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S. T. Coleridge - The d**h of Wallenstein (Act 3 Scene 13) lyrics

A spacious room in the Duke of Friedland's palace.

(in armor).
Thou hast gained thy point, Octavio! Once more am I
Almost as friendless as at Regensburg.
There I had nothing left me but myself;
But what one man can do you have now experience.
The twigs have you hewed off, and here I stand
A leafless trunk. But in the sap within
Lives the creating power, and a new world
May sprout forth from it. Once already have I
Proved myself worth an army to you—I alone!
Before the Swedish strength your troops had melted;
Beside the Lech sank Tilly, your last hope;
Into Bavaria, like a winter torrent,
Did that Gustavus pour, and at Vienna
In his own palace did the emperor tremble.
Soldiers were scarce, for still the multitude
Follow the luck: all eyes were turned on me,
Their helper in distress; the emperor's pride
Bowed itself down before the man he had injured.
'Twas I must rise, and with creative word
Assemble forces in the desolate camps.
I did it. Like a god of war my name
[Lyrics from: https:/**h-of-wallenstein-act-3-scene-13.html]
Went through the world. The drum was beat; and, to
The plough, the workshop is forsaken, all
Swarm to the old familiar long loved banners;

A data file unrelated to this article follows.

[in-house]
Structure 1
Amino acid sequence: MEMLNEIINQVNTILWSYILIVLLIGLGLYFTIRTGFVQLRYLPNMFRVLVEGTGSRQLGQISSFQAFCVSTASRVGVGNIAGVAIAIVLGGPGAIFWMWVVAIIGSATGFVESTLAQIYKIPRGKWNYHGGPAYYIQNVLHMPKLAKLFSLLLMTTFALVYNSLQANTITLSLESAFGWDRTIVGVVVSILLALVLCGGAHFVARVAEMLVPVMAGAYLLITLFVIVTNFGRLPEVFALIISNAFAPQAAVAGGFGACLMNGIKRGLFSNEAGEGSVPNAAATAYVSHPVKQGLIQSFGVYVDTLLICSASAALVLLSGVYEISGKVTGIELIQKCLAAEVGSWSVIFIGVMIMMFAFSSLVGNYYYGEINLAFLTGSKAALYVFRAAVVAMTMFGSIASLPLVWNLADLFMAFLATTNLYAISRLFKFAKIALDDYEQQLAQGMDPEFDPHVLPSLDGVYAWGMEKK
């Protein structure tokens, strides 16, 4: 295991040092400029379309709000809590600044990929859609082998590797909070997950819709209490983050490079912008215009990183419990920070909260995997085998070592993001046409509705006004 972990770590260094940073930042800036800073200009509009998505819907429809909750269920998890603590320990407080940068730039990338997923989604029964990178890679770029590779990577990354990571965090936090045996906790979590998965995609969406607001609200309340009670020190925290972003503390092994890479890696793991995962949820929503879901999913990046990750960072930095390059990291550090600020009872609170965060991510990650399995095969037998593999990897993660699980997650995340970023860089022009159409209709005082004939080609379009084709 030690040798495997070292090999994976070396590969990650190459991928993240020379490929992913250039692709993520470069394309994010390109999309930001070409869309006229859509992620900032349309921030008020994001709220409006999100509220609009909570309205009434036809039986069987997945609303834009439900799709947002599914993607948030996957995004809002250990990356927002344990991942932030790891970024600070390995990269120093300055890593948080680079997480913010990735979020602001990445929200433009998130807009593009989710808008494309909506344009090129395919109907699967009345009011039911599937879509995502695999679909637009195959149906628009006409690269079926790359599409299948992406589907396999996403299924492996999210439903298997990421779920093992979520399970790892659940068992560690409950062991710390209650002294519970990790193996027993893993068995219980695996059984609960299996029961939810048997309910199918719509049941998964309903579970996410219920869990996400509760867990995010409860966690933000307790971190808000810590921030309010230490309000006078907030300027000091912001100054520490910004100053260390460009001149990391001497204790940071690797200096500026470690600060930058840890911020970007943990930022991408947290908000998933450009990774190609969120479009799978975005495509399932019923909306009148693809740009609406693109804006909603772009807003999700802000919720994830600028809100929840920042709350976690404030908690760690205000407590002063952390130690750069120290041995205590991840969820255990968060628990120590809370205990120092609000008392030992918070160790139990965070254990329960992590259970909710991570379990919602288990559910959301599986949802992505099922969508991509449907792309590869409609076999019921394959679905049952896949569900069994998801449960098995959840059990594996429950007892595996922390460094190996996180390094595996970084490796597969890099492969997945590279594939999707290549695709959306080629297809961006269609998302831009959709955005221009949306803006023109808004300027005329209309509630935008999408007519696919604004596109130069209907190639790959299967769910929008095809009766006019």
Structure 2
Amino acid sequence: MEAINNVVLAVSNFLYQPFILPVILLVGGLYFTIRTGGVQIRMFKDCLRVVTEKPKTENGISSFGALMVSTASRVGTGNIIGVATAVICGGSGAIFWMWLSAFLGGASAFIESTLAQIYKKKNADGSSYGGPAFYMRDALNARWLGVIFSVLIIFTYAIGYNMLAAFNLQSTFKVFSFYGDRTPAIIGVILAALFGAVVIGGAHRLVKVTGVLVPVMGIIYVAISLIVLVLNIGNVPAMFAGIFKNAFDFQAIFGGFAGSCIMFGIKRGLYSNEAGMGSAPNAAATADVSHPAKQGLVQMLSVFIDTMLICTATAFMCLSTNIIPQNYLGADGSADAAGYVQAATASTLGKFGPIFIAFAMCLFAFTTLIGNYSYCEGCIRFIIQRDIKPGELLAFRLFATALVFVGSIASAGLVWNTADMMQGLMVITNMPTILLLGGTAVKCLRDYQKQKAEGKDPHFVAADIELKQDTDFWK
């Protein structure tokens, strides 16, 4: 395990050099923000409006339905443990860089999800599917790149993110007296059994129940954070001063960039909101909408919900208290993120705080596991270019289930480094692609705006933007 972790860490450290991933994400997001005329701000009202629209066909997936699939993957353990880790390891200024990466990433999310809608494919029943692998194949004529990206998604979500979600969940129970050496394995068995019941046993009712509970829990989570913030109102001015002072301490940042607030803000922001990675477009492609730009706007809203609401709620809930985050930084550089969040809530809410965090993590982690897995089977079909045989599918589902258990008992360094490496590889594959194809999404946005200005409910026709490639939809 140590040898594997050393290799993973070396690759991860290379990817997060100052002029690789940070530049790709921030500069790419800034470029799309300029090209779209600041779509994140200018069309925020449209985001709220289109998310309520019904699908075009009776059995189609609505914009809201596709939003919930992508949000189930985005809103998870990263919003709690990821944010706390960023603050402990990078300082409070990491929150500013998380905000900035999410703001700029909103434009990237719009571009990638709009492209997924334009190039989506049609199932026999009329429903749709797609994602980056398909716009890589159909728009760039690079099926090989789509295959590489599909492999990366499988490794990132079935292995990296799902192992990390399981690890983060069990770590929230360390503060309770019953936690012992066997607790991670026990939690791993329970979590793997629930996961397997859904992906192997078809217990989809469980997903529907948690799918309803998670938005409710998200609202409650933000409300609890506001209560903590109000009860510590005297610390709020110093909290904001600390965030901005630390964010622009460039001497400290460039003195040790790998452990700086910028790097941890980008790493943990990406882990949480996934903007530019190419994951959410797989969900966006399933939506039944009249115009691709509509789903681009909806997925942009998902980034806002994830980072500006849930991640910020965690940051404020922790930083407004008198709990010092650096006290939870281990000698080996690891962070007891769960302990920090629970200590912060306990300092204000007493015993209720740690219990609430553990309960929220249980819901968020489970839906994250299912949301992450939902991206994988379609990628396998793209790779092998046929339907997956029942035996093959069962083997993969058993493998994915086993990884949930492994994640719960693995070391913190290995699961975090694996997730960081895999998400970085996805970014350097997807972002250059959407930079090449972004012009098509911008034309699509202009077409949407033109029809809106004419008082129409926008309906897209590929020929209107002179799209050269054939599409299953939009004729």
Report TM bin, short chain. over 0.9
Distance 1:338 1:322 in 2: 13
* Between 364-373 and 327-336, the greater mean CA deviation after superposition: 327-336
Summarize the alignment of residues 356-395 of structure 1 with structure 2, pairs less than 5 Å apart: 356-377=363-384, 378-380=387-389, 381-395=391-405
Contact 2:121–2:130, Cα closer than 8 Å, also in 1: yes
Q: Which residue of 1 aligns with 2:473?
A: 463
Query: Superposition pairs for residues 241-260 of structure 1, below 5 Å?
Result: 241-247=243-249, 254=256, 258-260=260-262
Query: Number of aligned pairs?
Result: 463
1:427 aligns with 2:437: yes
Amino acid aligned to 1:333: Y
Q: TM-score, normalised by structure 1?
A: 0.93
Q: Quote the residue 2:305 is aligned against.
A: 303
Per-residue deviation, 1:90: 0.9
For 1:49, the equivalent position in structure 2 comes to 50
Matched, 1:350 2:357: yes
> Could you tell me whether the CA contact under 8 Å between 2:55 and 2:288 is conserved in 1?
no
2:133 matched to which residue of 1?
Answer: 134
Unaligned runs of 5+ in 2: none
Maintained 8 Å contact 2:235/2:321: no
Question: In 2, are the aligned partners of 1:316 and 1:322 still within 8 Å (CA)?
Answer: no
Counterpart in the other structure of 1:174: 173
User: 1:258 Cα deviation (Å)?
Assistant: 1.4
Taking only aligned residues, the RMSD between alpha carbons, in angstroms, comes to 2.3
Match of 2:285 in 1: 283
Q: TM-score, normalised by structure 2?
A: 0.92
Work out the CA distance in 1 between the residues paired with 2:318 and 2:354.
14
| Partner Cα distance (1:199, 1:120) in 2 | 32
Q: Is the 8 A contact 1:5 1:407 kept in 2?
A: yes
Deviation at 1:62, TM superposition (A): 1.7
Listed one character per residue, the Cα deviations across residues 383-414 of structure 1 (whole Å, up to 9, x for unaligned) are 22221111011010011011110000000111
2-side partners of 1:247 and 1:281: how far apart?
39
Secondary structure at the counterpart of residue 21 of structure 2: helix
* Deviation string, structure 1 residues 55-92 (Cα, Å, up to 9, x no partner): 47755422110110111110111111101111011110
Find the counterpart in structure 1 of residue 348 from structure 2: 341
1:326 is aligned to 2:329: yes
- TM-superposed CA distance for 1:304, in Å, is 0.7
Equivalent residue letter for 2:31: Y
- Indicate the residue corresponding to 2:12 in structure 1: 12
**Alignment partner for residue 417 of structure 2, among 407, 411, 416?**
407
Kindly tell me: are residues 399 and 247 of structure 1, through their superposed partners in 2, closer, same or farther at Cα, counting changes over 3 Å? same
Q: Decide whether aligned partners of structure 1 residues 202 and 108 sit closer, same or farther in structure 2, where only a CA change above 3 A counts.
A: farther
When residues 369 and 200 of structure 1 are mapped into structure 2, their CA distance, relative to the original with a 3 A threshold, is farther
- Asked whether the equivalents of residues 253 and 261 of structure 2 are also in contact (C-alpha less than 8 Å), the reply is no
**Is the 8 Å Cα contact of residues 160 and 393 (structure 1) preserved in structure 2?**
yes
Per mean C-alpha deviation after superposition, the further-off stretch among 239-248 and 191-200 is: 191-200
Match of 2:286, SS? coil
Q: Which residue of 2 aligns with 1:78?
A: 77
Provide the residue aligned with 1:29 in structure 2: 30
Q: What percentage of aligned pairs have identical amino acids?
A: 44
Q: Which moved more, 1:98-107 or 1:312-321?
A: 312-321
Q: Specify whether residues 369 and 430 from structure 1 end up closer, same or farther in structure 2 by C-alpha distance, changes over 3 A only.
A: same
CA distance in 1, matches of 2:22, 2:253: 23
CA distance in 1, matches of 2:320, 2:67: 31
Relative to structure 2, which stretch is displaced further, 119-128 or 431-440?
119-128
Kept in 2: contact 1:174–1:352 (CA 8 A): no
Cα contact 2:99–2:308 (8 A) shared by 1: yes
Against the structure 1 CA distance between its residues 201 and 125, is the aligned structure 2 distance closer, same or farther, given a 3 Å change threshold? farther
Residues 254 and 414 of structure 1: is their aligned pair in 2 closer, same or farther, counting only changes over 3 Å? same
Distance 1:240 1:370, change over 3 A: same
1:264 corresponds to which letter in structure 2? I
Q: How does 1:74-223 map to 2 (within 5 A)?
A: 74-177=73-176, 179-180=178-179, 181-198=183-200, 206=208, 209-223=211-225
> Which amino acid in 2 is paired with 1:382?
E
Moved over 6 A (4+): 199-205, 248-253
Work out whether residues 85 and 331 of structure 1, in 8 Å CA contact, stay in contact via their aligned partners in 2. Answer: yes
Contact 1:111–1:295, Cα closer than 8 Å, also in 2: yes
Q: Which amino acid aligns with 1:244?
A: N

And as the wood-choir rich in melody
Assemble quick around the bird of wonder,
When first his throat swells with his magic song,
So did the warlike youth of Germany
Crowd in around the image of my eagle.
I feel myself the being that I was.
It is the soul that builds itself a body,
And Friedland's camp will not remain unfilled.
Lead then your thousands out to meet me—true!
They are accustomed under me to conquer,
But not against me. If the head and limbs
Separate from each other, 'twill be soon
Made manifest in which the soul abode.

(ILLO and TERZKY enter.)

Courage, friends! courage! we are still unvanquished;
I feel my footing firm; five regiments, Terzky,
Are still our own, and Butler's gallant troops;
And an host of sixteen thousand Swedes to-morrow.
I was not stronger when, nine years ago,
I marched forth, with glad heart and high of hope,
To conquer Germany for the emperor.

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